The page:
Thanks for restoring the article. I believe that it's balanced and more structured than the stub that had replaced it, which (in my humble opinion) makes it a good basis for editing. --AlanS 21:18, 22 November 2008 (EST)
He's right. It's our responsibility to treat our valued editors with respect. That was not respectful. Learn together 21:01, 22 November 2008 (EST)
Am I allowed to re-insert my two posts Ed removed after he blocked me? I'd normally do it without asking, but I don't want to be blocked again. --AlanS 21:14, 22 November 2008 (EST)
If you believe your information is valid and tastefully done, then you are allowed to reinsert it. If Ed states areas where he has difficulty with what you put, then you will have to work with him at that time to find an acceptable solution. Learn together 21:21, 22 November 2008 (EST)
Thanks for addressing the issue I created. I feel like we shouldn't promote her past works which would include listing book titles, as I did originally (even though the author would disagree), eventually ISBN. Agreed removal? --jpatt 21:22, 22 November 2008 (EST)
Hm? Do you mean removing the Vampire Chronicles books from her (partial) bibliography? I removed the porn titles early on (for the sake of the students who use this site), but the Vampire Chronicles books define her career. She established her fanbase with those books, so they should be listed... --AlanS 21:31, 22 November 2008 (EST)
I meant my two talk page posts. My article edits were limited to partially reverting Ed's start-from-scratch approach. Could you check the history and see if restoring the talk posts would get me blocked? --AlanS 21:31, 22 November 2008 (EST)

One of the reasons I like starting over is that it provokes remarks like the following:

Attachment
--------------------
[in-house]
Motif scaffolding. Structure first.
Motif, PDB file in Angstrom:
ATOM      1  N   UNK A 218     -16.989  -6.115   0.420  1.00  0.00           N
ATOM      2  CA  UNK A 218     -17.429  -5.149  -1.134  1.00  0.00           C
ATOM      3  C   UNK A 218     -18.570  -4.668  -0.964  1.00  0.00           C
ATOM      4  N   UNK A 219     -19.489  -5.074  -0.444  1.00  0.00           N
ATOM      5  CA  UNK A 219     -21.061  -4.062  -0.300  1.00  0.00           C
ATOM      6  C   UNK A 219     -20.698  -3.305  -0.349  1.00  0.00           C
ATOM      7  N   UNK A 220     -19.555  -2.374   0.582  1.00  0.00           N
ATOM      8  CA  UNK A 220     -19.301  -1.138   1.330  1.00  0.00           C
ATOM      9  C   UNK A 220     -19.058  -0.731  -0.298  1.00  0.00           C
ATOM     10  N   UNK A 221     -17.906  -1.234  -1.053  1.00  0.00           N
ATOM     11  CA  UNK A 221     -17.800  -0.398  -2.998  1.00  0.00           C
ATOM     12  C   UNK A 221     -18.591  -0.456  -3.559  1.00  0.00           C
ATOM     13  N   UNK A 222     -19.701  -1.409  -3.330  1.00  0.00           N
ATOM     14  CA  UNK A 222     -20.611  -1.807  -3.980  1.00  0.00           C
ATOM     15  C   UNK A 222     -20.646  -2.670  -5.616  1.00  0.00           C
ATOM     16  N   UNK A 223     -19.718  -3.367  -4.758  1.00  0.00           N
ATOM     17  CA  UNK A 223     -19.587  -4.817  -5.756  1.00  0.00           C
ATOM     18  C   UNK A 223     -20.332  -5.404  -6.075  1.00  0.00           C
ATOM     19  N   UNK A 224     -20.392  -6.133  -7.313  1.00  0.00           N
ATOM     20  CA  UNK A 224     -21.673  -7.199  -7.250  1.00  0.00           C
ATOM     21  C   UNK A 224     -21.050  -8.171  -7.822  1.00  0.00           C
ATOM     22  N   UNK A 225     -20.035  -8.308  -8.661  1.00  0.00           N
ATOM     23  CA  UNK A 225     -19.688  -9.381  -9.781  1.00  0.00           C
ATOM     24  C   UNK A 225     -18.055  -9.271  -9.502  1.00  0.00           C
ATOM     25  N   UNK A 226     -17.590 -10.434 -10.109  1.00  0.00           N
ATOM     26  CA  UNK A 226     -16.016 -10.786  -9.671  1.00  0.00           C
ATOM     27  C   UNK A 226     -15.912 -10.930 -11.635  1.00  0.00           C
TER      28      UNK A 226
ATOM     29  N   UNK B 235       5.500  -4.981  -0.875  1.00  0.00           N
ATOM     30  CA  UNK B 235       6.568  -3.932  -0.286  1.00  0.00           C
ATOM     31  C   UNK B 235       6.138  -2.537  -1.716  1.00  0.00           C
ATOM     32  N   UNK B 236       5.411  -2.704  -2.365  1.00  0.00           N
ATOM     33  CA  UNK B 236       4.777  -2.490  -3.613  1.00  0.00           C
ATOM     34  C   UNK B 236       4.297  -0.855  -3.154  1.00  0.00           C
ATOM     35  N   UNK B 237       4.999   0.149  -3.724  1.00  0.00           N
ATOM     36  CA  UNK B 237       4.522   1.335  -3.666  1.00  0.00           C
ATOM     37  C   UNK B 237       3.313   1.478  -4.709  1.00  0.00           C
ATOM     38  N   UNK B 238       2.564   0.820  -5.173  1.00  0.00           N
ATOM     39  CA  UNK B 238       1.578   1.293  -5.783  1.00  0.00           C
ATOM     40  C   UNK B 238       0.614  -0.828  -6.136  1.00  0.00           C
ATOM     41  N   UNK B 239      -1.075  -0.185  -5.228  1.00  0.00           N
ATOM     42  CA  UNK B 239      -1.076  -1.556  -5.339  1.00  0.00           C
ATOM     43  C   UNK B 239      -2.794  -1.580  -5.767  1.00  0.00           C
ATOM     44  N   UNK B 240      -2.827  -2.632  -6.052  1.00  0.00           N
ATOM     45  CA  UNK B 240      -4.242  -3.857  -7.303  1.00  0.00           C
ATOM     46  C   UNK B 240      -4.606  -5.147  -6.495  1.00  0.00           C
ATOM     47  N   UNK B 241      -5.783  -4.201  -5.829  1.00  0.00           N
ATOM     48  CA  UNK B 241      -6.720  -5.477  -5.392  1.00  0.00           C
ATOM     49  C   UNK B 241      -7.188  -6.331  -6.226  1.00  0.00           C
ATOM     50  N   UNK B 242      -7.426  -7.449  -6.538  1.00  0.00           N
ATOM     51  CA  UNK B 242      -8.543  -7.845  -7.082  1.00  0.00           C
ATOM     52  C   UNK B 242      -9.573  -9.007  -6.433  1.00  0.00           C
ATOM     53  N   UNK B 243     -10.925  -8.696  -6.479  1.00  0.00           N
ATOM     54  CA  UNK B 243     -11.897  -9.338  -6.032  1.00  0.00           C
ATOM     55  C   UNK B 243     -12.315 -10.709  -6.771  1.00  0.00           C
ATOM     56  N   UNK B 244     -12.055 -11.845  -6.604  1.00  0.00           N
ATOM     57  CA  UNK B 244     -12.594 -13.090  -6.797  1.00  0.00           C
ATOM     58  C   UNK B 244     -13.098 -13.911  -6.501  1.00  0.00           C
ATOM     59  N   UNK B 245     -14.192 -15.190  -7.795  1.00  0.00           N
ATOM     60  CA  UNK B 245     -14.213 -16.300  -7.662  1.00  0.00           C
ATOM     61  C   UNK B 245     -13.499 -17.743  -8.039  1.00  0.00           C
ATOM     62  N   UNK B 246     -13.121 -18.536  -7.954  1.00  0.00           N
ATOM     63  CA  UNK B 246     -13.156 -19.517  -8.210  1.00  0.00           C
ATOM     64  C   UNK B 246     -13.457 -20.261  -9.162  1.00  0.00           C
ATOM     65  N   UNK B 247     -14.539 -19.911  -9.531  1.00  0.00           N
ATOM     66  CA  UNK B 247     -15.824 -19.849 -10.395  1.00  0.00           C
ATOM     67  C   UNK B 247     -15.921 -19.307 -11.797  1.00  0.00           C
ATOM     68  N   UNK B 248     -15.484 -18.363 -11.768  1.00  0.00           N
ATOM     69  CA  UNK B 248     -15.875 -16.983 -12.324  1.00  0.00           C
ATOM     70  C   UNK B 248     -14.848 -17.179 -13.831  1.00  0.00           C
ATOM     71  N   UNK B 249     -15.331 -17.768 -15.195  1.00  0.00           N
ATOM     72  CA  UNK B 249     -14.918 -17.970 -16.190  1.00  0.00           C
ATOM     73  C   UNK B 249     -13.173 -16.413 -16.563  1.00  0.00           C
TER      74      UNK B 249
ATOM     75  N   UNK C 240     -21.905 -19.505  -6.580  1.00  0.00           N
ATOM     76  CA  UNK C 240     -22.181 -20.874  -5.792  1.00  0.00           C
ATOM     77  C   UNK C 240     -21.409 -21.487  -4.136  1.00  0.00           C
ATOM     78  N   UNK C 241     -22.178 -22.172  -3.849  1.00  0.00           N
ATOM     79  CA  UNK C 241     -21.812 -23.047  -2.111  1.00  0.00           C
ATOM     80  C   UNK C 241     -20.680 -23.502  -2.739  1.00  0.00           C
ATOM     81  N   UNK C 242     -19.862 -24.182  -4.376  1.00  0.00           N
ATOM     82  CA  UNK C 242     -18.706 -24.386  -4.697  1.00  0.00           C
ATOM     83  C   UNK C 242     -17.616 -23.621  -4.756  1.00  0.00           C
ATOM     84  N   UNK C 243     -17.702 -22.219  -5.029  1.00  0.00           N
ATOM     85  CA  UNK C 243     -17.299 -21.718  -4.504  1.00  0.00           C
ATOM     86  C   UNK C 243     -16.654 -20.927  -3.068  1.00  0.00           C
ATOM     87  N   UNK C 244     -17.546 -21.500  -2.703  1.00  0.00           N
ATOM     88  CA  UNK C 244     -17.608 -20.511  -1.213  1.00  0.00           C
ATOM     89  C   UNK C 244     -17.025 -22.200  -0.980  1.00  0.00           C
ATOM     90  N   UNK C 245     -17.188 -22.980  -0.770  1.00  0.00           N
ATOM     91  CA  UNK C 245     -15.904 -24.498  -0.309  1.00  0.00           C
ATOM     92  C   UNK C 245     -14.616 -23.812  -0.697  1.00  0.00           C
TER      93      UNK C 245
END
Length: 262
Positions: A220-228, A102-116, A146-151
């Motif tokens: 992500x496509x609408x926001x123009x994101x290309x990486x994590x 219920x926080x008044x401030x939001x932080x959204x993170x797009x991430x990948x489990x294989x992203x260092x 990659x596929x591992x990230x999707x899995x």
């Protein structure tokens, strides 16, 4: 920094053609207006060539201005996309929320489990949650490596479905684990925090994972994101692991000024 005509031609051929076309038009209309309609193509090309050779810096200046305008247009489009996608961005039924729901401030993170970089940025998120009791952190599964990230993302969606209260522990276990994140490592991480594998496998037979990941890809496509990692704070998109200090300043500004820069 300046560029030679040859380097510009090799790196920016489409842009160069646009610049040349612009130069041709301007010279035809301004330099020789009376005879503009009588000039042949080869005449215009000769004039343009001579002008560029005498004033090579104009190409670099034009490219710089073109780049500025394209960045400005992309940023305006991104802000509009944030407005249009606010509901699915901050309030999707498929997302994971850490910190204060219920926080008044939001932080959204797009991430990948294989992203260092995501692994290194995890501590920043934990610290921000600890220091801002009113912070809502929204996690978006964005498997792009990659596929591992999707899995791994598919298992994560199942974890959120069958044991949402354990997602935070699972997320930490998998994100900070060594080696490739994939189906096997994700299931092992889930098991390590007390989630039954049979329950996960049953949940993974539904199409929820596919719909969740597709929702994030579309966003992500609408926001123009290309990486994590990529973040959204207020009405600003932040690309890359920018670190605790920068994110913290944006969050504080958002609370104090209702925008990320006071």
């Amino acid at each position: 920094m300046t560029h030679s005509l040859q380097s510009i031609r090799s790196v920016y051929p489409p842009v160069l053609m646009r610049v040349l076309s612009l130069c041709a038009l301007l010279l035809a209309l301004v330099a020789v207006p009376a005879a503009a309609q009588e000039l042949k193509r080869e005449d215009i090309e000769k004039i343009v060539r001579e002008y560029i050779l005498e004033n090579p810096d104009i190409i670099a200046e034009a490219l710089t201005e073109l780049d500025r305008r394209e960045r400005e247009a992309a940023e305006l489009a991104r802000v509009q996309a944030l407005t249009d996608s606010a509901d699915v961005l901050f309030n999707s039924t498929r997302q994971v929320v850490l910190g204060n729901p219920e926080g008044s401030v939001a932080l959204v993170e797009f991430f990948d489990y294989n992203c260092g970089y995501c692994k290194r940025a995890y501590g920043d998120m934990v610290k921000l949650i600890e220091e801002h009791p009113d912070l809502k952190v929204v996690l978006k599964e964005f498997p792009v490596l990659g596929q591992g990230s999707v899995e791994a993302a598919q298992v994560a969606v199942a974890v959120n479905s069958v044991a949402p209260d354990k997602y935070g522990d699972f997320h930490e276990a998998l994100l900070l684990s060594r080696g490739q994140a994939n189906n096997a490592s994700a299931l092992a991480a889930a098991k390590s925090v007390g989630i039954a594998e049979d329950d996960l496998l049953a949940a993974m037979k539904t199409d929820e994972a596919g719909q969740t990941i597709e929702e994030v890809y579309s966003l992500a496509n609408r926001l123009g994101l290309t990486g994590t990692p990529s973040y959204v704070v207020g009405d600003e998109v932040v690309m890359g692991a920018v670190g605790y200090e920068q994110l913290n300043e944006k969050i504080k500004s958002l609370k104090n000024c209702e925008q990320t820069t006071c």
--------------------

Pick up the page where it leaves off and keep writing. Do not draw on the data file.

• Her recent works are villified now precisely because the darkness she fed on for so many years isn't in her stories any longer.

That sentence should be in the article! --Ed Poor Talk 21:28, 22 November 2008 (EST)

You could have provoked such remarks without (1) suddenly deleting and restoring the article (after my implied protest), (2) wiping the restored article and replacing it with a stub, (3) removing my discussion posts which protested your action and highlighted how you acted without discussion and then accused me of not discussing, and (4) blocking me for trying to restore hours of hard and solid work by me and Jpatt. Though thanks to Henry, Learn Together and you for kindly reconsidering most of those points.
Seriously, this is what the talk pages are there for. You can start a discussion. There was no need to grab our attention by completely wiping hard work.
As for the sentence itself, it sounds somewhat prosaic, and it would need sources for the "villified" part at least. I agree with the general sentiment (and think that her recent pro-Christian novels wouldn't sell as well if she hadn't established a large readership base through the Vampire Chronicles), but the sentence needs work. But that's what we're here for, right? --AlanS 21:36, 22 November 2008 (EST)
Ah, I see you just wiped my past contributions to the article... again... This time because they're "gossipy". Yeah, sure, whatever then. You guys have fun here. --AlanS 21:40, 22 November 2008 (EST)